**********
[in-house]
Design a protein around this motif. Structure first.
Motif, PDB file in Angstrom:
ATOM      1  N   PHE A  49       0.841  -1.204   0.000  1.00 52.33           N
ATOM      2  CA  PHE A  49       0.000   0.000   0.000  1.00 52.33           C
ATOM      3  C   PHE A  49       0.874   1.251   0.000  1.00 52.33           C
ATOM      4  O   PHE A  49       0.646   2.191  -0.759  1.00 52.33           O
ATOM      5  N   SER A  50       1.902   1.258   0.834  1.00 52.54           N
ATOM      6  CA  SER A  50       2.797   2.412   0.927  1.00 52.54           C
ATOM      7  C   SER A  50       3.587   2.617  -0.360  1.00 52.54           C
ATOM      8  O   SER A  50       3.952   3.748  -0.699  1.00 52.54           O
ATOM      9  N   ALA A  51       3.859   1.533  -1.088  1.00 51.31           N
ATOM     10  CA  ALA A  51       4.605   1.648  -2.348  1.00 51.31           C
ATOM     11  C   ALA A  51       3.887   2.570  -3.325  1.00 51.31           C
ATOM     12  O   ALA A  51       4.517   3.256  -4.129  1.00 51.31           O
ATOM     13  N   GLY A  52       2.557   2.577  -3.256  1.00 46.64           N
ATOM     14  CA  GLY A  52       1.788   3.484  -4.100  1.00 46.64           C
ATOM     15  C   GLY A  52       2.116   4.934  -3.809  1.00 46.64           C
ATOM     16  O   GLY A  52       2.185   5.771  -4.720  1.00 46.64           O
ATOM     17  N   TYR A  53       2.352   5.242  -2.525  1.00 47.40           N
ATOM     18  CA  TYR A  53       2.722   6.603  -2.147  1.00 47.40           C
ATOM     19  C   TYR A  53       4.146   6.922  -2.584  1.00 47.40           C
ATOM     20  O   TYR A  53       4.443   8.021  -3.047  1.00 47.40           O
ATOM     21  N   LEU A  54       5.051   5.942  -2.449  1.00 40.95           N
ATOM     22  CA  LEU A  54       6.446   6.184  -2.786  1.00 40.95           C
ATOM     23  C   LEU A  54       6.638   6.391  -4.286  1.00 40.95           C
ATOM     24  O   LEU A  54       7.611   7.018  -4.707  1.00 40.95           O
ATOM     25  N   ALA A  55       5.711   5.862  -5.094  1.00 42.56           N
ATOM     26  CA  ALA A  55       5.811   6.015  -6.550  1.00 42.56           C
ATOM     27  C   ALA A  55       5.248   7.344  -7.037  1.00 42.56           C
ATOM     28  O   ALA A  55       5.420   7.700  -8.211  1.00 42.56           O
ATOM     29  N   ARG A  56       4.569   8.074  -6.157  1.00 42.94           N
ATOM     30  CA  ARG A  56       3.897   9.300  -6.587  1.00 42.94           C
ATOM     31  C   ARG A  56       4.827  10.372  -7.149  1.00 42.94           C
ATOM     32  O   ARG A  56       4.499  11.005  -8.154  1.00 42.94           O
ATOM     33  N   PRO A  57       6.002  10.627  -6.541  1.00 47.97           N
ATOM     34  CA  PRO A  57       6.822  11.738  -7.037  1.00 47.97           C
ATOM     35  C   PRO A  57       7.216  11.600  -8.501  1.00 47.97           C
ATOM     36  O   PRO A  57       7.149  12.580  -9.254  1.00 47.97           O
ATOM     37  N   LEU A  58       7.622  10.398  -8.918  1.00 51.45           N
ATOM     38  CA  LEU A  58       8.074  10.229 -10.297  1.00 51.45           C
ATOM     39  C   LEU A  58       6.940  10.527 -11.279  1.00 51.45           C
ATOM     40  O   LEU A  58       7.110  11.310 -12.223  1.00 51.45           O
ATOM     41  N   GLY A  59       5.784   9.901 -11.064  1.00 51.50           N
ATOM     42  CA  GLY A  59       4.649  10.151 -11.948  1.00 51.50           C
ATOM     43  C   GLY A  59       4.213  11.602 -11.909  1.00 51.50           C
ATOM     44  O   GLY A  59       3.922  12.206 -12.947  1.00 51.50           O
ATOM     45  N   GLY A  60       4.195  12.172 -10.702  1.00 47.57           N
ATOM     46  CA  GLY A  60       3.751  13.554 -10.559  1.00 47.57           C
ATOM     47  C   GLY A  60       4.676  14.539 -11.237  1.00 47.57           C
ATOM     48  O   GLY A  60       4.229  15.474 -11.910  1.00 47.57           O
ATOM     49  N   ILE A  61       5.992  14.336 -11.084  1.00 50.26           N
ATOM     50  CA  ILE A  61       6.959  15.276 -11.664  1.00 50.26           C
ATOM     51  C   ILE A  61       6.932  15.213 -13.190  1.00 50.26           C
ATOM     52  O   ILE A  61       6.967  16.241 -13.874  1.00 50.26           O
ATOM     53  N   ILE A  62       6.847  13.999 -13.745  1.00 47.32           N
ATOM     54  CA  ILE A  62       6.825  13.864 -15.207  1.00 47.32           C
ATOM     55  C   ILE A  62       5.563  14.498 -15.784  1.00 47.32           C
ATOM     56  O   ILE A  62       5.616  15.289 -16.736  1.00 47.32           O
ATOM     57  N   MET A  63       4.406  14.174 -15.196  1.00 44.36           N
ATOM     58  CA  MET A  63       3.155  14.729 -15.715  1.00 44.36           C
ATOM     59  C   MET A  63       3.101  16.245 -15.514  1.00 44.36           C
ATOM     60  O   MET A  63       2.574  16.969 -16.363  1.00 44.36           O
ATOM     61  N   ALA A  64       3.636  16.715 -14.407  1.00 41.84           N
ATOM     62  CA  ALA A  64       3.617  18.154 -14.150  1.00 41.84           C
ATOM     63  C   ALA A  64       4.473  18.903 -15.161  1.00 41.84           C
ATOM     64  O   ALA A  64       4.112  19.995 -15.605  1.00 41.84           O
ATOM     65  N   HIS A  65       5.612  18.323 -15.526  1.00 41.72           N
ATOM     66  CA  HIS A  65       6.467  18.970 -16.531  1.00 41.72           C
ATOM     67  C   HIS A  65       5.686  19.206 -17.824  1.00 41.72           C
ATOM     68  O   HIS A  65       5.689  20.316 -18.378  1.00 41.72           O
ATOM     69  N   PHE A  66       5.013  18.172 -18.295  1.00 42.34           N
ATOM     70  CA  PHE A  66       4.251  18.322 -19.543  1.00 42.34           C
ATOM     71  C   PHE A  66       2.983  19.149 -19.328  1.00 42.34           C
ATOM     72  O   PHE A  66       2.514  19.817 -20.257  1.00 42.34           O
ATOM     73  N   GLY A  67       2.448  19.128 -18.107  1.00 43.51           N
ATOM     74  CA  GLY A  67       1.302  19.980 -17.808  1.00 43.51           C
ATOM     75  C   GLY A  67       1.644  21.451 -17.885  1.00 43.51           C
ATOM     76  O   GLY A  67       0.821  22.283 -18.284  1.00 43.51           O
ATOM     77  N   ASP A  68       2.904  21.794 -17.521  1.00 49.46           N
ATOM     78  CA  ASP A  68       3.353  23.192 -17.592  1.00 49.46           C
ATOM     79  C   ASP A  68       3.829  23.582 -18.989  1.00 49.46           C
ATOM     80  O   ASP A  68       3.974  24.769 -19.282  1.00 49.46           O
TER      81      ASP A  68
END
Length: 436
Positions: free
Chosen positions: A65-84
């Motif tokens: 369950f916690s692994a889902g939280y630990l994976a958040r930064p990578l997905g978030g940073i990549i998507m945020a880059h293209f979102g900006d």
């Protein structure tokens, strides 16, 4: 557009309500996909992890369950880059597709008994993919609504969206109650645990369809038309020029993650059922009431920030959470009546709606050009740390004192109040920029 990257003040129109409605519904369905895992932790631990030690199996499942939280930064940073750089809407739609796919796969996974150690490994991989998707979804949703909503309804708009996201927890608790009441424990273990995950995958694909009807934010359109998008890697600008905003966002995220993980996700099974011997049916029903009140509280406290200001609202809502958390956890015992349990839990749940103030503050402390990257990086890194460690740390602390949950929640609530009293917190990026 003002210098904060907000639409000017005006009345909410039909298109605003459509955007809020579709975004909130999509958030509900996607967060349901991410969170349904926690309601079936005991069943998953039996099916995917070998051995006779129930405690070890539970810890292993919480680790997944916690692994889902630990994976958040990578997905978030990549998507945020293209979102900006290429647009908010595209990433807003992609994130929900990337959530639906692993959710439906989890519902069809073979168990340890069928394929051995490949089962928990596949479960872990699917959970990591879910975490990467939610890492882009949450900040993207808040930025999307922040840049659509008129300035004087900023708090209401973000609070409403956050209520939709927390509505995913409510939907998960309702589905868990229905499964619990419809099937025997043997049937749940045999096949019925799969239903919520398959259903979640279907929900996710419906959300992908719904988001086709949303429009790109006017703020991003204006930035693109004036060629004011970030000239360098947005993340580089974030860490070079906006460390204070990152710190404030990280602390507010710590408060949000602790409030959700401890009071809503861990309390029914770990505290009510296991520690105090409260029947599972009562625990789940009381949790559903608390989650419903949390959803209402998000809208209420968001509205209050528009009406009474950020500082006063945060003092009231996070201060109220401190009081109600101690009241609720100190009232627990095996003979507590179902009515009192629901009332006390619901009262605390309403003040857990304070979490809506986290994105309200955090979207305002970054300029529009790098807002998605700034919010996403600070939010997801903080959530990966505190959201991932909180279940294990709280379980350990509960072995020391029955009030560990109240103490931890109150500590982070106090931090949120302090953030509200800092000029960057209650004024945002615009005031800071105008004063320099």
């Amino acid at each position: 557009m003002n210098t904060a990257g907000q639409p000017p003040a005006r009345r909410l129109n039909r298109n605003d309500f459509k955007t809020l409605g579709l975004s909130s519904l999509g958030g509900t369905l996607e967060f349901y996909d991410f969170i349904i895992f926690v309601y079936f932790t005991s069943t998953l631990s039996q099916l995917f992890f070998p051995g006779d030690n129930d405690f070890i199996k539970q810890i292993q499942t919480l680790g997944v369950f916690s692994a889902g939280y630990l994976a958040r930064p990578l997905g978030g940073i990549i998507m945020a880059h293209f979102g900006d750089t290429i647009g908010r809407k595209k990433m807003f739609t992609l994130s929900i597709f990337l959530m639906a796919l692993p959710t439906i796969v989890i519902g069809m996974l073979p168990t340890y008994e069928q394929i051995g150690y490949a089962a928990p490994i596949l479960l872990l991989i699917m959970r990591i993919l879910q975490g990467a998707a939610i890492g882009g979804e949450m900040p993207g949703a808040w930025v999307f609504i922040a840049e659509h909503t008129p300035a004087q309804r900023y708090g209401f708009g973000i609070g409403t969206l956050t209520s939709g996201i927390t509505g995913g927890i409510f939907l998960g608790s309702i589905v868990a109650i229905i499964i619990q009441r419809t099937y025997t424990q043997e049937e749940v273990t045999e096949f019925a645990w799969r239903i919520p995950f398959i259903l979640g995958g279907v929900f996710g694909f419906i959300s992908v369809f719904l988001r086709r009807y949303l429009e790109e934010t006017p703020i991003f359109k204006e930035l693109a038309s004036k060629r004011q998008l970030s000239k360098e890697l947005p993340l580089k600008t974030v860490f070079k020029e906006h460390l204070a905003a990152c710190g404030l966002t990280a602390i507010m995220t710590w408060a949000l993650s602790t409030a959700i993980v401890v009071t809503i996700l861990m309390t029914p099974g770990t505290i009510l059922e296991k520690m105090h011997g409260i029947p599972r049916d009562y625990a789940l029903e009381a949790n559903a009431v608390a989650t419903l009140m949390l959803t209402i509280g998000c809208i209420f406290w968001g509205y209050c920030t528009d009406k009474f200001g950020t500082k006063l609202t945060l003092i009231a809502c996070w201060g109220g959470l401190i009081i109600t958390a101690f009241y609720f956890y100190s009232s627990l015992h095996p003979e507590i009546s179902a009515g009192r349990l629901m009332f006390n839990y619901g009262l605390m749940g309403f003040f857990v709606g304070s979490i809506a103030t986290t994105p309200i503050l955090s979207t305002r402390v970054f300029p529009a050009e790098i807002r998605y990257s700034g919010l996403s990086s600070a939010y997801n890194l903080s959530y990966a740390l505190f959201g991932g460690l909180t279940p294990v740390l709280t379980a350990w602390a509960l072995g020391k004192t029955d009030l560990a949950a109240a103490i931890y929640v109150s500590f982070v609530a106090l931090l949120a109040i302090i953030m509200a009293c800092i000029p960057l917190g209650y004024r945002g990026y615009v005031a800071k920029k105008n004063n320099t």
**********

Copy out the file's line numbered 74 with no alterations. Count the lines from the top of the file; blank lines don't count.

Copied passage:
ATOM     71  C   PHE A  66       2.983  19.149 -19.328  1.00 42.34           C